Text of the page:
Iris shook her head.  What was the world coming to when a fine university like Notre Dame was forced to generate revenue by way of ruffians like George Gipp, whose contributions on the field were most likely offset by the damage they inflicted on the institution’s spiritual backbone?

“And what might a scholar like Mister Gipp be majoring in?” Iris asked her cousin with a healthy dollop of sarcasm.

The answer came swift and sharp.  “Honey, you’re looking at it.”

As though to illustrate, Gipp took the booming kickoff and followed his blockers up the sideline before making a slashing cut to the left at midfield, breaking two tackles and sprinting untouched into the end zone.  The crowd’s cheers grew so earth-shattering as to threaten the old stadium’s foundation.  Gipp’s teammates swarmed him with similar adulation.  But he brushed it all off and trotted over to the bench, where he removed his helmet and casually lit a cigarette.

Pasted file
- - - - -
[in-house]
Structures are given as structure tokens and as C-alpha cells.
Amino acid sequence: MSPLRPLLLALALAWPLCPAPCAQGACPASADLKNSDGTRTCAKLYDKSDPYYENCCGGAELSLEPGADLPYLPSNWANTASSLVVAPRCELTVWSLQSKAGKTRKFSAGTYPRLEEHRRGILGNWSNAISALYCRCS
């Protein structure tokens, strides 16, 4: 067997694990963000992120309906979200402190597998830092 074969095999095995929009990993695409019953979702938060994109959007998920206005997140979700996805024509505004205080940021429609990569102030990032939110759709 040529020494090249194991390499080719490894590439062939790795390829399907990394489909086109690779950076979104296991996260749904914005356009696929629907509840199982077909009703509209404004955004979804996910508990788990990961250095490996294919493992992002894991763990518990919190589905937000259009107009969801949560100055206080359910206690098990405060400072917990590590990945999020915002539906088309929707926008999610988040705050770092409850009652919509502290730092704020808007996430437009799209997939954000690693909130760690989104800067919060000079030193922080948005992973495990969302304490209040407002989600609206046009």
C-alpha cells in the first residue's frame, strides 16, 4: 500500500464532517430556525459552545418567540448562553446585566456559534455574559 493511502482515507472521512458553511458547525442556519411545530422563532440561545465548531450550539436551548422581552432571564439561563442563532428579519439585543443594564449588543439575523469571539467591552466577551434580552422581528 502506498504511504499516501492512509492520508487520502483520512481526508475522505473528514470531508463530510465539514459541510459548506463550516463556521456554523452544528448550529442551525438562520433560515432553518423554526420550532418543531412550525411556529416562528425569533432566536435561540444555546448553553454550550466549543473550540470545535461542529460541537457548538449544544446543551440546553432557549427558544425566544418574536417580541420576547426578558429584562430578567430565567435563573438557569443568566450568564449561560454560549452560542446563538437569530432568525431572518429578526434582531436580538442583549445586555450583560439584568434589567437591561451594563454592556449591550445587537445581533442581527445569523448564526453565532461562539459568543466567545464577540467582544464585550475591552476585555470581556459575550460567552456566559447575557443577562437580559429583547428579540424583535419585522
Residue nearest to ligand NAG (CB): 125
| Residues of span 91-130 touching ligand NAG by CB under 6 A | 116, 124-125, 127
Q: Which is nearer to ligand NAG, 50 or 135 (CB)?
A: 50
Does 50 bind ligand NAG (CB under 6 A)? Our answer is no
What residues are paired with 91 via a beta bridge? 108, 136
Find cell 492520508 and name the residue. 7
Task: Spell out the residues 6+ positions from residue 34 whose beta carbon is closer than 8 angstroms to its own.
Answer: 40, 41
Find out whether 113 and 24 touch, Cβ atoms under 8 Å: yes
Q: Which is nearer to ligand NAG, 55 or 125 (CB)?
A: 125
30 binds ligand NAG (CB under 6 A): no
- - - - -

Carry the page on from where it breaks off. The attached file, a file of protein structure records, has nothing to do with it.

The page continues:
Iris watched him with disdainful intrigue.  “They’re allowed to smoke here?”

Violet chuckled.  “Iris, he’s George Gipp.  He could light the bench on fire if he wanted to.  Gotta admit, though, he’s mighty easy on the eyes.”

Iris harrumphed.  Again, with the boy talk!  Nevertheless, she borrowed Violet’s binoculars so she could draw her own conclusions.  George Gipp was tall, she’d give him that.  With a swath of brown hair that seemed unmolested by the tight helmet.  And good-looking, she supposed, in a roughhewn way.  Like a man who might otherwise be working yearlong stints on a cargo ship.  But what gave him the right to be so cool?  So annoyingly above it all?